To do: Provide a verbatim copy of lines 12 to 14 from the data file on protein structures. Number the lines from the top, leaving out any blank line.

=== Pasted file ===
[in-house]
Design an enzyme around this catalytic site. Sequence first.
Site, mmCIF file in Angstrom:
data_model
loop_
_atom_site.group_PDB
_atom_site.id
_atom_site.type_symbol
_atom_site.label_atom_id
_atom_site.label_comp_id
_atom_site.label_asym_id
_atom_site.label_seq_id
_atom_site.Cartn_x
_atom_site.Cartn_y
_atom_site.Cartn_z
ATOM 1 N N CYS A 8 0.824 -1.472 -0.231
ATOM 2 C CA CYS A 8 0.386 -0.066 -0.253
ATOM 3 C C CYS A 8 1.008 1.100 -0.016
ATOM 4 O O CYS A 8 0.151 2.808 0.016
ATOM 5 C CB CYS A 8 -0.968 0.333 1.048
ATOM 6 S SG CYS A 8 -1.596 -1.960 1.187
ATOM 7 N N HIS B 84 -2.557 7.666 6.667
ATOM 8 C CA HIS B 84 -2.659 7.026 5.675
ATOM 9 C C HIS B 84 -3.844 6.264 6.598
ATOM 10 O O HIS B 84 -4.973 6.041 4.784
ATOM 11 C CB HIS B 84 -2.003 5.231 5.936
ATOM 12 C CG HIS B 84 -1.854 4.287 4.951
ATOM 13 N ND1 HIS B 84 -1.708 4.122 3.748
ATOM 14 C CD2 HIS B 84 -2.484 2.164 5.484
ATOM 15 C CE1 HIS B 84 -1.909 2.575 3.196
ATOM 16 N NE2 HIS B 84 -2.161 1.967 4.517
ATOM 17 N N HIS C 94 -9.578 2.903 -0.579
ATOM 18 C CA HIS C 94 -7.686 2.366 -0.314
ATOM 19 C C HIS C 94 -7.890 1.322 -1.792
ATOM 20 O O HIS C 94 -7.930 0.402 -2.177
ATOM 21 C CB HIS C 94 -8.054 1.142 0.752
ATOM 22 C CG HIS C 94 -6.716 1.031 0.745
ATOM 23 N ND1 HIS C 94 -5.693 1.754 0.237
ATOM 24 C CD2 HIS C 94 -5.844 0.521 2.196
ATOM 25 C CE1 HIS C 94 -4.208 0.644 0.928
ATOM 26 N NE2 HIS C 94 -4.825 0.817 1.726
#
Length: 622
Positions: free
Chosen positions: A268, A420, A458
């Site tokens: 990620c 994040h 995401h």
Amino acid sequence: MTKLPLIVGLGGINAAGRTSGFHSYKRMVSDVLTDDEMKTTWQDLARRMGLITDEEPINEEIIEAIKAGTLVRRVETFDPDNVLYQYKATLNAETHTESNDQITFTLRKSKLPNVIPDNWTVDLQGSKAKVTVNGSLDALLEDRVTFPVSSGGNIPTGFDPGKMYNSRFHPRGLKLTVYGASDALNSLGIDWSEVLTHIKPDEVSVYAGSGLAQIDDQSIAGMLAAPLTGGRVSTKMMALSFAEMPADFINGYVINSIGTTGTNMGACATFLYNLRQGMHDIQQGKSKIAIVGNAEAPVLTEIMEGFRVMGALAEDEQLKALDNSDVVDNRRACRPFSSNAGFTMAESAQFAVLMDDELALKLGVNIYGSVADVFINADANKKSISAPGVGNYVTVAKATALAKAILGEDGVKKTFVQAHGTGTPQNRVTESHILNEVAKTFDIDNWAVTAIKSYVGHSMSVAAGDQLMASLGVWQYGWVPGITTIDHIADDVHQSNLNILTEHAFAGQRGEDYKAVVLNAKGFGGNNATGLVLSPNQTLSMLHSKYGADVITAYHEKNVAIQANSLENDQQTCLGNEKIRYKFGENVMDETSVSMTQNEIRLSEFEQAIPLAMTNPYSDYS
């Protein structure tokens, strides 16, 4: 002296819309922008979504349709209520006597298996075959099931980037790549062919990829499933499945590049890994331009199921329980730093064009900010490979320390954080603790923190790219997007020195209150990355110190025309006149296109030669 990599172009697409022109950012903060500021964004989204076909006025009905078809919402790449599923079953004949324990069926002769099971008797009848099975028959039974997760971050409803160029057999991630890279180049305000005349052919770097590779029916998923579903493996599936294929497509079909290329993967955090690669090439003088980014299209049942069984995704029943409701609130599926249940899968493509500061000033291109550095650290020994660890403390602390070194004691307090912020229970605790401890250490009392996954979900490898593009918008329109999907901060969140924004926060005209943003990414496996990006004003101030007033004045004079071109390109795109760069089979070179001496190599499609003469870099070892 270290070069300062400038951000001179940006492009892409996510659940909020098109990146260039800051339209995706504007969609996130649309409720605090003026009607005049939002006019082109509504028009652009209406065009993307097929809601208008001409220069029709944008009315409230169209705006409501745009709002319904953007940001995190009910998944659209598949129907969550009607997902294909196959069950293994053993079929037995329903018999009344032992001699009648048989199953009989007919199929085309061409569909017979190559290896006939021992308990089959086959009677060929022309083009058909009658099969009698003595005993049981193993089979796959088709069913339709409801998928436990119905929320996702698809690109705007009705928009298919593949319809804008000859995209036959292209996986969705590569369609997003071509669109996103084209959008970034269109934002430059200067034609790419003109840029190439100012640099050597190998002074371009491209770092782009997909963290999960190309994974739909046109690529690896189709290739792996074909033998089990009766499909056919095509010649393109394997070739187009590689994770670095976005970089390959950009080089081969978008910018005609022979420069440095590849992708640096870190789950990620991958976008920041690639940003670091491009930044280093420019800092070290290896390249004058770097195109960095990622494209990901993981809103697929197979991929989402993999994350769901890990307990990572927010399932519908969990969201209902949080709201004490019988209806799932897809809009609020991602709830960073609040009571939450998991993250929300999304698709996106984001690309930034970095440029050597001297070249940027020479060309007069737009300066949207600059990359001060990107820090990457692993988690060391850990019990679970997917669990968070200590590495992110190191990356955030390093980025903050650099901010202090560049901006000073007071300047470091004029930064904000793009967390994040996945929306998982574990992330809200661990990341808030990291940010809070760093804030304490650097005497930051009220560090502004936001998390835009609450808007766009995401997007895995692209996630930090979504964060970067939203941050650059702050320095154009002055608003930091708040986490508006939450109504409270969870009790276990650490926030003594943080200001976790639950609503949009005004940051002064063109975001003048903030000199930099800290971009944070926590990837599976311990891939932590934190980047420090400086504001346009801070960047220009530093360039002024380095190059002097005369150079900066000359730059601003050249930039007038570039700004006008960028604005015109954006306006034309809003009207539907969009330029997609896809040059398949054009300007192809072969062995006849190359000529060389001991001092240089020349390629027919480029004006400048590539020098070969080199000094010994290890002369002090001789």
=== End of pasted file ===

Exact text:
_atom_site.label_seq_id
_atom_site.Cartn_x
_atom_site.Cartn_y